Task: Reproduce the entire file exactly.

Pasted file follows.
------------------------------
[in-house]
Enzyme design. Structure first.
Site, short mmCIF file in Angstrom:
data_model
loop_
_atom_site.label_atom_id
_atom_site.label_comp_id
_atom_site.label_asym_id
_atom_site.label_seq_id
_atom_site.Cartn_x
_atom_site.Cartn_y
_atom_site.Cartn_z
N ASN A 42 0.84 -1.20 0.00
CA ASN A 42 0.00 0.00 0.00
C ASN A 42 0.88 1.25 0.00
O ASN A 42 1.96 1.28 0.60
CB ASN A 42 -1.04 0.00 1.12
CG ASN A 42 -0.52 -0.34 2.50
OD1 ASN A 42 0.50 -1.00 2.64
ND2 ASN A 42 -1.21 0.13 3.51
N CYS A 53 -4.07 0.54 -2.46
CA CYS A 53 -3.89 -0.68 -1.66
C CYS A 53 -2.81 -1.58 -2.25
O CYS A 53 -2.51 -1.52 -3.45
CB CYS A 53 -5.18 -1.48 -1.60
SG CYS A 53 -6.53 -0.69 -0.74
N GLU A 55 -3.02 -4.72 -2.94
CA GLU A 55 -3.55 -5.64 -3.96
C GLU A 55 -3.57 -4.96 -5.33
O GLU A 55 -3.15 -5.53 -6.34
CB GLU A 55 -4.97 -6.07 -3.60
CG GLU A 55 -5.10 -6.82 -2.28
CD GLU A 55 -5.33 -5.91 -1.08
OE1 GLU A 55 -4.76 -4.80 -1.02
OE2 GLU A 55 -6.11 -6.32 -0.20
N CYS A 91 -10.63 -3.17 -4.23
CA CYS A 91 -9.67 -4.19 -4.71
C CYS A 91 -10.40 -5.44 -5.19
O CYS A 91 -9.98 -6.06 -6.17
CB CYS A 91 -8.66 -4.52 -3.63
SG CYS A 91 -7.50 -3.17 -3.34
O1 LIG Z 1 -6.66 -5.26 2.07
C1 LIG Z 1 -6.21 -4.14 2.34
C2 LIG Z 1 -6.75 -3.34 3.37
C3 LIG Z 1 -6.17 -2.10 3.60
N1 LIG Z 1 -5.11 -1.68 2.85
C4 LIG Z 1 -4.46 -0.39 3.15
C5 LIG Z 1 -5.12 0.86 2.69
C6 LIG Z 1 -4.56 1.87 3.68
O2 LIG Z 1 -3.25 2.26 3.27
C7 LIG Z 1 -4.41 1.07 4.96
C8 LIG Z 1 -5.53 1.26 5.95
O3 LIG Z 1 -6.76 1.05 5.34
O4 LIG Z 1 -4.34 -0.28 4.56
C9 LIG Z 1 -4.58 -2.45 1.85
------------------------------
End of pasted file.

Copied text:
[in-house]
Enzyme design. Structure first.
Site, short mmCIF file in Angstrom:
data_model
loop_
_atom_site.label_atom_id
_atom_site.label_comp_id
_atom_site.label_asym_id
_atom_site.label_seq_id
_atom_site.Cartn_x
_atom_site.Cartn_y
_atom_site.Cartn_z
N ASN A 42 0.84 -1.20 0.00
CA ASN A 42 0.00 0.00 0.00
C ASN A 42 0.88 1.25 0.00
O ASN A 42 1.96 1.28 0.60
CB ASN A 42 -1.04 0.00 1.12
CG ASN A 42 -0.52 -0.34 2.50
OD1 ASN A 42 0.50 -1.00 2.64
ND2 ASN A 42 -1.21 0.13 3.51
N CYS A 53 -4.07 0.54 -2.46
CA CYS A 53 -3.89 -0.68 -1.66
C CYS A 53 -2.81 -1.58 -2.25
O CYS A 53 -2.51 -1.52 -3.45
CB CYS A 53 -5.18 -1.48 -1.60
SG CYS A 53 -6.53 -0.69 -0.74
N GLU A 55 -3.02 -4.72 -2.94
CA GLU A 55 -3.55 -5.64 -3.96
C GLU A 55 -3.57 -4.96 -5.33
O GLU A 55 -3.15 -5.53 -6.34
CB GLU A 55 -4.97 -6.07 -3.60
CG GLU A 55 -5.10 -6.82 -2.28
CD GLU A 55 -5.33 -5.91 -1.08
OE1 GLU A 55 -4.76 -4.80 -1.02
OE2 GLU A 55 -6.11 -6.32 -0.20
N CYS A 91 -10.63 -3.17 -4.23
CA CYS A 91 -9.67 -4.19 -4.71
C CYS A 91 -10.40 -5.44 -5.19
O CYS A 91 -9.98 -6.06 -6.17
CB CYS A 91 -8.66 -4.52 -3.63
SG CYS A 91 -7.50 -3.17 -3.34
O1 LIG Z 1 -6.66 -5.26 2.07
C1 LIG Z 1 -6.21 -4.14 2.34
C2 LIG Z 1 -6.75 -3.34 3.37
C3 LIG Z 1 -6.17 -2.10 3.60
N1 LIG Z 1 -5.11 -1.68 2.85
C4 LIG Z 1 -4.46 -0.39 3.15
C5 LIG Z 1 -5.12 0.86 2.69
C6 LIG Z 1 -4.56 1.87 3.68
O2 LIG Z 1 -3.25 2.26 3.27
C7 LIG Z 1 -4.41 1.07 4.96
C8 LIG Z 1 -5.53 1.26 5.95
O3 LIG Z 1 -6.76 1.05 5.34
O4 LIG Z 1 -4.34 -0.28 4.56
C9 LIG Z 1 -4.58 -2.45 1.85